“Without wanting to jump on the Thatcher bandwagon... in the 80s her and Tebbit oversaw educational policy which saw me and many others sit quietly in fear while my teachers made my classmates laugh with lies (as I know) about 'queers'. I'm not negating the specific teachers’ responsibility, but Thatcher’s policies practically encouraged it. So personally, if there is a hell, I hope she's there, with other champions of hate.”
I can’t hope anyone’s in hell (apart from anything else, for me hell isn’t an ‘if’) – but I do thank God (again, for me not an ‘if’) that our society is moving away from such woeful ignorance and prejudice.
I hope the LGBT community can avoid the rhetoric of hate. It’s a big ask because there’s a lot of pain, and pain issues in anger, which can harden into hate. (It’s also a big ask from a Christian because the community of Christ has done so badly at avoiding such rhetoric – and that’s without having anything much to be angry about.) As my favourite gay wizard said: "Many that live deserve death. And some that die deserve life. Can you give it to them? Then do not be too eager to deal out death in judgement."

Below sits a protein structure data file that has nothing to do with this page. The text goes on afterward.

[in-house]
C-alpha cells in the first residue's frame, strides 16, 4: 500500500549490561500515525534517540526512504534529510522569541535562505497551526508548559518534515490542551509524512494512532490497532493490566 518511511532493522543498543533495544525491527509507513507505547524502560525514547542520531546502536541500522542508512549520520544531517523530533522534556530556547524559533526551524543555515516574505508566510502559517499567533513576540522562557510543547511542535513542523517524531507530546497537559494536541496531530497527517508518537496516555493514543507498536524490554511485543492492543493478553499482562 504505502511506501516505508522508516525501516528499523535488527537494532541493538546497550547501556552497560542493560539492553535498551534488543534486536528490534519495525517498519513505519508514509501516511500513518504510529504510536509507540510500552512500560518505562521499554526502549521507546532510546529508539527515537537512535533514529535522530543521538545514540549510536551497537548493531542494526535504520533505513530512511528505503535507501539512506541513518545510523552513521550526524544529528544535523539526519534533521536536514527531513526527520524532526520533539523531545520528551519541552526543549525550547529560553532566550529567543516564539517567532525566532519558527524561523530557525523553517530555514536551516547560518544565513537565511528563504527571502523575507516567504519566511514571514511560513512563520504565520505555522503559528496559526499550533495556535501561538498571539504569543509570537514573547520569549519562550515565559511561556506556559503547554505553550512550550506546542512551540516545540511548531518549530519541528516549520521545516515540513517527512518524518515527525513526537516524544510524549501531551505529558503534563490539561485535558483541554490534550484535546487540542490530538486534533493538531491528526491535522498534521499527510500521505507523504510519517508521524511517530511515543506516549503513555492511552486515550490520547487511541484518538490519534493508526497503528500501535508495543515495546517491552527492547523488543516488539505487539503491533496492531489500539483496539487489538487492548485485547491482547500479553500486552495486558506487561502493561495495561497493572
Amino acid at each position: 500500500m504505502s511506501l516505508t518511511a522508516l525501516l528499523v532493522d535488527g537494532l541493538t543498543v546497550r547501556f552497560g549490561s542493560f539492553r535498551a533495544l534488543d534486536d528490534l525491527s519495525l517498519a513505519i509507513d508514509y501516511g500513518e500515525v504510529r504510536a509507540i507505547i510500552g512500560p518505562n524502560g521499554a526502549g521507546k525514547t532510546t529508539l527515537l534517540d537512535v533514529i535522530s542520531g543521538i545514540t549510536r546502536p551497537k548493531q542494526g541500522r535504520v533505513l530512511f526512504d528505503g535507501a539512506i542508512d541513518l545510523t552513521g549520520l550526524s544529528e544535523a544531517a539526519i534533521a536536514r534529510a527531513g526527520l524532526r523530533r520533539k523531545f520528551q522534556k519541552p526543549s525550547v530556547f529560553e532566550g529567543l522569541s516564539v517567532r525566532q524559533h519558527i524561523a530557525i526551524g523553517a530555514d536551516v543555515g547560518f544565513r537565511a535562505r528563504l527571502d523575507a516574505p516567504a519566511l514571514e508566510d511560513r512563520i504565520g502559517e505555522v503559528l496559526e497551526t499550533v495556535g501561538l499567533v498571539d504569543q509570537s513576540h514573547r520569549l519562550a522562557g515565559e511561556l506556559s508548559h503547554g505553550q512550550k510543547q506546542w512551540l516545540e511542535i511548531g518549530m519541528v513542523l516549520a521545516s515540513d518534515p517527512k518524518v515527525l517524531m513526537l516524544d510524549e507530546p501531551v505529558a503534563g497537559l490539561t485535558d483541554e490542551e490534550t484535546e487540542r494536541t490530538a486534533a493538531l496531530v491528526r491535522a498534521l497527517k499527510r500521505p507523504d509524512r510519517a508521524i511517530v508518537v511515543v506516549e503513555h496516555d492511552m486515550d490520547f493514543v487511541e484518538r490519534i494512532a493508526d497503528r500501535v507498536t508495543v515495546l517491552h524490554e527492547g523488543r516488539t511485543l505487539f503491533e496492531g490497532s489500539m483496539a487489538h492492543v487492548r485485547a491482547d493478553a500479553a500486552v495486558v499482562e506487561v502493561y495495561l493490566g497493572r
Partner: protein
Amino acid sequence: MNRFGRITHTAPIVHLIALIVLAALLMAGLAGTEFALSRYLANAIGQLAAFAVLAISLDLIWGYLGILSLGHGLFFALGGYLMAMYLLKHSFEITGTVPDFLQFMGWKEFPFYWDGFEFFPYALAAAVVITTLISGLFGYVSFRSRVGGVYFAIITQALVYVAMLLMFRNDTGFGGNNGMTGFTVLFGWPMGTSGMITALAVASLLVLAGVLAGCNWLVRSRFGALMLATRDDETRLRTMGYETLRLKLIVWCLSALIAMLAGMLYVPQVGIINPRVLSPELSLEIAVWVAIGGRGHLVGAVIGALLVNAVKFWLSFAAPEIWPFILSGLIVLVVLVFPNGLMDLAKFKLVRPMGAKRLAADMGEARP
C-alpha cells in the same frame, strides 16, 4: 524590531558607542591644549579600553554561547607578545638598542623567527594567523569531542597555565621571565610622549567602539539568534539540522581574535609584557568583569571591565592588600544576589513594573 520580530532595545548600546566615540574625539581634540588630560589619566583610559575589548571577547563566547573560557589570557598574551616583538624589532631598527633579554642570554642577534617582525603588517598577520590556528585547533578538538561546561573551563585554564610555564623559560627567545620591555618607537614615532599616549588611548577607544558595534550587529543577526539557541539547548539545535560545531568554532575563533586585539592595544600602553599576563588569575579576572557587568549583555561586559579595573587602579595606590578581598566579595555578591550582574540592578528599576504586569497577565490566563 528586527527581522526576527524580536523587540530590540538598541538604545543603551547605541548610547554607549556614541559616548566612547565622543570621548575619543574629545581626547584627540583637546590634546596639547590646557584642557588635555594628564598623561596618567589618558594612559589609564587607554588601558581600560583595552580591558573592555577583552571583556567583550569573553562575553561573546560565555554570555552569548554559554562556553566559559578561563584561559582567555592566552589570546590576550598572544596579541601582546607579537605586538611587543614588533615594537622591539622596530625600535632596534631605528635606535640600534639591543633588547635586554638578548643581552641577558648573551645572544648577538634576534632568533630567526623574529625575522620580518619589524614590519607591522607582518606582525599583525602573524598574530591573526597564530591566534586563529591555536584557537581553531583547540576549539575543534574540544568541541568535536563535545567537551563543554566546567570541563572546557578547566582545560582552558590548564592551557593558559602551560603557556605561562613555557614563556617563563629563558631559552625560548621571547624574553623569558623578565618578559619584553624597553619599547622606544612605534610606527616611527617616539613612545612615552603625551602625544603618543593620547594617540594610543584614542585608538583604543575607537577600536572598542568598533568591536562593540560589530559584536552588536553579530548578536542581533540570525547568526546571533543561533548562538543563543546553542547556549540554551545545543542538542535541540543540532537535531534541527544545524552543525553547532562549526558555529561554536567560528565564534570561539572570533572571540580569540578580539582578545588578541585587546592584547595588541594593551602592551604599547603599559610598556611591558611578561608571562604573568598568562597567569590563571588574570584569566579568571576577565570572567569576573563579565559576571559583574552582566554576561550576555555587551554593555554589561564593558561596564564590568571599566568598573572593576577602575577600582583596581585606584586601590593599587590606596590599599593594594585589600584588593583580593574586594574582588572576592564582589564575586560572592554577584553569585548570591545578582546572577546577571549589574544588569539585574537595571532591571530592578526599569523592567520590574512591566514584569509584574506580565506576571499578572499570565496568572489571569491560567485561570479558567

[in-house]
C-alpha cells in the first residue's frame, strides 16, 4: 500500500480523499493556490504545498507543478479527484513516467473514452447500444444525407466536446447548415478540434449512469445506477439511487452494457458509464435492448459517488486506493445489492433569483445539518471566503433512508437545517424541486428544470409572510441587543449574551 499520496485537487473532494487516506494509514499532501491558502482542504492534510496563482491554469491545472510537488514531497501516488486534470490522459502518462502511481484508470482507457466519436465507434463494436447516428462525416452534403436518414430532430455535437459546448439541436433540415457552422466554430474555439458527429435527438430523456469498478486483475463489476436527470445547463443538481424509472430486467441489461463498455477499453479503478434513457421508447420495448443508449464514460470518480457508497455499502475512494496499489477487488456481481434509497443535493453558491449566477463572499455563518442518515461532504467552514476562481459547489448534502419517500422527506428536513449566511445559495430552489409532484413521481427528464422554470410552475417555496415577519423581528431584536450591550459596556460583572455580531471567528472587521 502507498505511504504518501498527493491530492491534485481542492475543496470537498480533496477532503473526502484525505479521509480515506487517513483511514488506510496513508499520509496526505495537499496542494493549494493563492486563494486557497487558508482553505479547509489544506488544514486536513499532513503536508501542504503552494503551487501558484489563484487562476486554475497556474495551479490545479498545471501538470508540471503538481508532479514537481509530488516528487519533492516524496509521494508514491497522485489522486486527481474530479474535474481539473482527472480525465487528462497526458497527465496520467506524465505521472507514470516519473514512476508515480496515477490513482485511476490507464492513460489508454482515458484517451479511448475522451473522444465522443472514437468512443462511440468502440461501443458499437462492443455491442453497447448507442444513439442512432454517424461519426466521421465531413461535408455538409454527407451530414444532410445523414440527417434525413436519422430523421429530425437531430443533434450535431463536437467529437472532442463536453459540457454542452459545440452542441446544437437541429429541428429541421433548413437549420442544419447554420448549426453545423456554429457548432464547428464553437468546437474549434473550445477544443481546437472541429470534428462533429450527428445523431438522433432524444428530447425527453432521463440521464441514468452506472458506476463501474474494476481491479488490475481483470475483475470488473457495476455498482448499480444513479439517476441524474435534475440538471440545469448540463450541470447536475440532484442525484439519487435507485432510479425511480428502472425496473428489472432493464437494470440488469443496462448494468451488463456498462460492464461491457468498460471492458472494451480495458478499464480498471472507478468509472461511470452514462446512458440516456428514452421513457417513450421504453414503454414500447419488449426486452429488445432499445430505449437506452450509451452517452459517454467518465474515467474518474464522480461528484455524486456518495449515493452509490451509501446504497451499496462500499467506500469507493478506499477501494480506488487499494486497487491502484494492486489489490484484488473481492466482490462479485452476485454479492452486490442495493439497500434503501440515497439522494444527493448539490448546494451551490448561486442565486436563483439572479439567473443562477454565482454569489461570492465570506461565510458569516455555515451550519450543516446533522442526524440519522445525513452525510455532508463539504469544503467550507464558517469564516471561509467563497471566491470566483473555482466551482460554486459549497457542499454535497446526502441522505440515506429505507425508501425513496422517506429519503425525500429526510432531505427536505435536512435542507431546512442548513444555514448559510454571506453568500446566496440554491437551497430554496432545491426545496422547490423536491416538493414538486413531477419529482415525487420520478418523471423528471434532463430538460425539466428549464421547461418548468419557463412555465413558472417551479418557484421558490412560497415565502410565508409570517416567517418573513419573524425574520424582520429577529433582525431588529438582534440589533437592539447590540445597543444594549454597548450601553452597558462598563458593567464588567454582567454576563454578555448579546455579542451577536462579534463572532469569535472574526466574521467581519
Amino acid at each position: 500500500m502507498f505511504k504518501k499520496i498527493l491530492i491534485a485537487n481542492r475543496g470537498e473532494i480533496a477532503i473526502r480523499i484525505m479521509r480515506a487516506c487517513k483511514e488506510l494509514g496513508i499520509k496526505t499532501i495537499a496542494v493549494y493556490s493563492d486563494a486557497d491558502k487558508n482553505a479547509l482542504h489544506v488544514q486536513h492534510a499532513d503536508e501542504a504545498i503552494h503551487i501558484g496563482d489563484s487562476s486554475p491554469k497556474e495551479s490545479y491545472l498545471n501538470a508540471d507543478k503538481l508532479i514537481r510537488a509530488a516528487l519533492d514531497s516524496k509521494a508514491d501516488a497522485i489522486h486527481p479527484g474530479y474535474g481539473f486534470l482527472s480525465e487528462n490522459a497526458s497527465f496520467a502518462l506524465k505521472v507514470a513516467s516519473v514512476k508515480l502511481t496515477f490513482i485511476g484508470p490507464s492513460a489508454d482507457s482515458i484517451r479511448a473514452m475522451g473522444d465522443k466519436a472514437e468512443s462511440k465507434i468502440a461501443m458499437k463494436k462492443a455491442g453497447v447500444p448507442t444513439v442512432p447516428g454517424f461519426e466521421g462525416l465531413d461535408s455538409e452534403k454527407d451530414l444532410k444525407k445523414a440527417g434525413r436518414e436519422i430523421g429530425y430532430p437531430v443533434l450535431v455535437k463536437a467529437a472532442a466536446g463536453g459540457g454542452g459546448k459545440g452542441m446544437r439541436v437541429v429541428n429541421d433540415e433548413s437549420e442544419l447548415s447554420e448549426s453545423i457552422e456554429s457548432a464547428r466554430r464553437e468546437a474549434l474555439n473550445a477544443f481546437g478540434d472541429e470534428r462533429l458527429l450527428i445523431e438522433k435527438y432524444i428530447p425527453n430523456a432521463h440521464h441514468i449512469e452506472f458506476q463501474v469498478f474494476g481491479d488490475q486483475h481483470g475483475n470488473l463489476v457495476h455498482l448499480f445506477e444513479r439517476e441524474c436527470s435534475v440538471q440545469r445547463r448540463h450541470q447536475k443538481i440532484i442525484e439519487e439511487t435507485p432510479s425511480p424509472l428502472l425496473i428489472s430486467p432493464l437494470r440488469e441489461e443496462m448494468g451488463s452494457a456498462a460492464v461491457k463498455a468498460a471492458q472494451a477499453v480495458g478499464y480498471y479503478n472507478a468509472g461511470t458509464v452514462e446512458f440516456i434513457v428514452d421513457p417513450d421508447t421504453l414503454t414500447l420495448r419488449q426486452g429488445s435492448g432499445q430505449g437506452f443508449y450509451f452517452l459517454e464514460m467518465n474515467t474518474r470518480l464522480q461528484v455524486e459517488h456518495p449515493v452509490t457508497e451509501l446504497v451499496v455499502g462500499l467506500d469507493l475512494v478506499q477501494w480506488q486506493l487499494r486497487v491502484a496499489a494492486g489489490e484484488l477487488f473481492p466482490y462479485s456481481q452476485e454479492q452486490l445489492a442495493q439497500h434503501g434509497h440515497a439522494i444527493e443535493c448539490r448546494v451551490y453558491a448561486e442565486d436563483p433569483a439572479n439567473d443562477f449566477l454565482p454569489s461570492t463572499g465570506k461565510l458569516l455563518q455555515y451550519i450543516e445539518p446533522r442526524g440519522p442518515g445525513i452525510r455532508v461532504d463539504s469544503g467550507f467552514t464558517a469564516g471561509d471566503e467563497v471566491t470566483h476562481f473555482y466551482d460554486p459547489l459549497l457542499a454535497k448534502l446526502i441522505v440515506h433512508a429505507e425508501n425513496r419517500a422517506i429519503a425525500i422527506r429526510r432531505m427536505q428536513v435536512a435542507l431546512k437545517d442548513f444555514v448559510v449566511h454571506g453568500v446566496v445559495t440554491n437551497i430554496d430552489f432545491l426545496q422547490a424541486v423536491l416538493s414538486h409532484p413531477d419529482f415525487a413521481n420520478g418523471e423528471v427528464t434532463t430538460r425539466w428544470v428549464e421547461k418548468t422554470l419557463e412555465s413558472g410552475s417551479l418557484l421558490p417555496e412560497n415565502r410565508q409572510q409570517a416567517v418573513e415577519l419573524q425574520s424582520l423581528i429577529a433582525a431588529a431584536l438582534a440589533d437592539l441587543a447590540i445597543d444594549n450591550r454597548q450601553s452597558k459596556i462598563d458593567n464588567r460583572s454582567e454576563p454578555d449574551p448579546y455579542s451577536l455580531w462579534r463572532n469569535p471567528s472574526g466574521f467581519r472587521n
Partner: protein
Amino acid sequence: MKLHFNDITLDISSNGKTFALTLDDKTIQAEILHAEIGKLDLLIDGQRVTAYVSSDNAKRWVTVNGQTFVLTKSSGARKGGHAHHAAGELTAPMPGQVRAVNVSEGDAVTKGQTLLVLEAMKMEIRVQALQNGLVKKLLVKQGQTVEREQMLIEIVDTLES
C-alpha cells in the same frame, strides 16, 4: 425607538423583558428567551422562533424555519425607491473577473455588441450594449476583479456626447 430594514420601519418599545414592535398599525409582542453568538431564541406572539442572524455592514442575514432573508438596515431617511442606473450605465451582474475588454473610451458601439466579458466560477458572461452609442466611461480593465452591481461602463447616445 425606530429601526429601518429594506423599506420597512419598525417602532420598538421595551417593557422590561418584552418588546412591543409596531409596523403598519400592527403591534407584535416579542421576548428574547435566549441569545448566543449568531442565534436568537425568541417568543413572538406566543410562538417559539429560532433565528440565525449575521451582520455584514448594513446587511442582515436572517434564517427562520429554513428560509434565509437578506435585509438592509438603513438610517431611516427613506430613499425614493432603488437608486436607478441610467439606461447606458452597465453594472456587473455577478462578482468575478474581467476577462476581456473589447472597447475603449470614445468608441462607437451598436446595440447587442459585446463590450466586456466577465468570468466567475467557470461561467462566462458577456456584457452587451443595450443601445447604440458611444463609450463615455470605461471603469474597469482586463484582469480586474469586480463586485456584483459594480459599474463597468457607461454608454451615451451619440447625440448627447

Only a determined effort from all to get beyond slogans, ignorance and stereotypes, to listen, to learn – only such determination can take us away from a hell of hatred that still threatens to engulf us.
On one occasion, at the aforementioned school, the Jesus Army came in for some unfair criticism at the hands of a sociology teacher. I wasn’t there, but I heard what happened. The same young gay man, who’d previously sat in fear whilst he and other gay people were mocked, took his courage in both hands and spoke out in defence of the Jesus Army. He did it because he knew me – and he knew what was being said was unfair and prejudicial.
I wish I'd known about what he was going through then so that I could have defended him. And I pray God will give me courage to speak out in his defence – and in defence of his community – now and in the future.